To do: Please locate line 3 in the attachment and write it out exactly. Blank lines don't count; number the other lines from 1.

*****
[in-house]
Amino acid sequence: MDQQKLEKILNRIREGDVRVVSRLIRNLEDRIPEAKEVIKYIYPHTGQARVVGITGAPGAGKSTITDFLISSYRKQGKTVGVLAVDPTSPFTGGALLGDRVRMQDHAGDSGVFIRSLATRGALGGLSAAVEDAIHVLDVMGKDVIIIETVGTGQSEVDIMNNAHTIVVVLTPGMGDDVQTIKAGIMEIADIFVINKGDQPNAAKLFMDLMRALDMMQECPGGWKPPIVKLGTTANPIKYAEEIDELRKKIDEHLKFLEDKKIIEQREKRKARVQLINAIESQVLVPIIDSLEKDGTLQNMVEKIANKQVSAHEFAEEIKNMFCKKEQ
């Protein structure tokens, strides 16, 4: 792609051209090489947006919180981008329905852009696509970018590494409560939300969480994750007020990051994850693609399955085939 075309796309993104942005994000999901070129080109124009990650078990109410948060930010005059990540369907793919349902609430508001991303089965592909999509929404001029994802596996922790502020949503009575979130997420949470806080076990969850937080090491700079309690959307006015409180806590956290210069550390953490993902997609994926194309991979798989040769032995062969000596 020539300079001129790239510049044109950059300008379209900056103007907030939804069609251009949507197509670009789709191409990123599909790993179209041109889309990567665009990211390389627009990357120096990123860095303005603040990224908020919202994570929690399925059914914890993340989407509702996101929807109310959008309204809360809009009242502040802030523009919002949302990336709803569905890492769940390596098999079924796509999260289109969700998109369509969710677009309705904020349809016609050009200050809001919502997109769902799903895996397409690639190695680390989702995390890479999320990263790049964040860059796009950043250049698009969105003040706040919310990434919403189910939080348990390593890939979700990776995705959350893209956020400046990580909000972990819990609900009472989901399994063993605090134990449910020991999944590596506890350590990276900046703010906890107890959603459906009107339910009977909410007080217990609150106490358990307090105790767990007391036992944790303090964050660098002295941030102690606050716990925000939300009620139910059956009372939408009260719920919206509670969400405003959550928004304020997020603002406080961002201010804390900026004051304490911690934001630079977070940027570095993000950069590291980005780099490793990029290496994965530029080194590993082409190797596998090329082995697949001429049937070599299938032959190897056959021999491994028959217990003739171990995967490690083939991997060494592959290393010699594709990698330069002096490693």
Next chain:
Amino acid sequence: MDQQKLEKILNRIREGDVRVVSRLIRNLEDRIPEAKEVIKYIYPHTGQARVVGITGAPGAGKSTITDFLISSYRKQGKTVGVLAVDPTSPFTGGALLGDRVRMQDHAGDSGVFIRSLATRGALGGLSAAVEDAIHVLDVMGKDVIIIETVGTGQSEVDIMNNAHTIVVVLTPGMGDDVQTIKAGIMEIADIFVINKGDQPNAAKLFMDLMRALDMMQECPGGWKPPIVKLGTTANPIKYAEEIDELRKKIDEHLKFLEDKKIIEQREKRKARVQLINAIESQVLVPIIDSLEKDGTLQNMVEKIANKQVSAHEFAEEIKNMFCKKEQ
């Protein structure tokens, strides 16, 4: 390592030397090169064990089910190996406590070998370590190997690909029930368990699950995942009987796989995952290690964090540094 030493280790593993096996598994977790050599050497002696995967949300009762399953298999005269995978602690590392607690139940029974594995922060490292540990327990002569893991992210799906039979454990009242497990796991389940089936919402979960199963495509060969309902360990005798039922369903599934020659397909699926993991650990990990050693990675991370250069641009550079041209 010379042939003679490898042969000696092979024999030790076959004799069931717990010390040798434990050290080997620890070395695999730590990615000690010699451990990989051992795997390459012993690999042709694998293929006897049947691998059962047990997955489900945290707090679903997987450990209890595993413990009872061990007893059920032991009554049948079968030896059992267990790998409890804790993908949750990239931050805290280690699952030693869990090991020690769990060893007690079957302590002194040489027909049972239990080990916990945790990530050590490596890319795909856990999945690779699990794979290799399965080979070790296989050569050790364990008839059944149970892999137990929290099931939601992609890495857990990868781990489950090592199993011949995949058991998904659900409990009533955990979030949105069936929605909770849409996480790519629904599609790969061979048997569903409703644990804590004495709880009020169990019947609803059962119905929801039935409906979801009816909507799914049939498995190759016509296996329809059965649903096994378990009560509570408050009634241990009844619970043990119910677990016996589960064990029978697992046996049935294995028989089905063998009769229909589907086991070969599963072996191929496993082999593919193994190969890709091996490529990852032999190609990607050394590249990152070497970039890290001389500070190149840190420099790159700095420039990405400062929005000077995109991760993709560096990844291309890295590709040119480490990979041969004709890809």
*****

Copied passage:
């Protein structure tokens, strides 16, 4: 792609051209090489947006919180981008329905852009696509970018590494409560939300969480994750007020990051994850693609399955085939 075309796309993104942005994000999901070129080109124009990650078990109410948060930010005059990540369907793919349902609430508001991303089965592909999509929404001029994802596996922790502020949503009575979130997420949470806080076990969850937080090491700079309690959307006015409180806590956290210069550390953490993902997609994926194309991979798989040769032995062969000596 020539300079001129790239510049044109950059300008379209900056103007907030939804069609251009949507197509670009789709191409990123599909790993179209041109889309990567665009990211390389627009990357120096990123860095303005603040990224908020919202994570929690399925059914914890993340989407509702996101929807109310959008309204809360809009009242502040802030523009919002949302990336709803569905890492769940390596098999079924796509999260289109969700998109369509969710677009309705904020349809016609050009200050809001919502997109769902799903895996397409690639190695680390989702995390890479999320990263790049964040860059796009950043250049698009969105003040706040919310990434919403189910939080348990390593890939979700990776995705959350893209956020400046990580909000972990819990609900009472989901399994063993605090134990449910020991999944590596506890350590990276900046703010906890107890959603459906009107339910009977909410007080217990609150106490358990307090105790767990007391036992944790303090964050660098002295941030102690606050716990925000939300009620139910059956009372939408009260719920919206509670969400405003959550928004304020997020603002406080961002201010804390900026004051304490911690934001630079977070940027570095993000950069590291980005780099490793990029290496994965530029080194590993082409190797596998090329082995697949001429049937070599299938032959190897056959021999491994028959217990003739171990995967490690083939991997060494592959290393010699594709990698330069002096490693």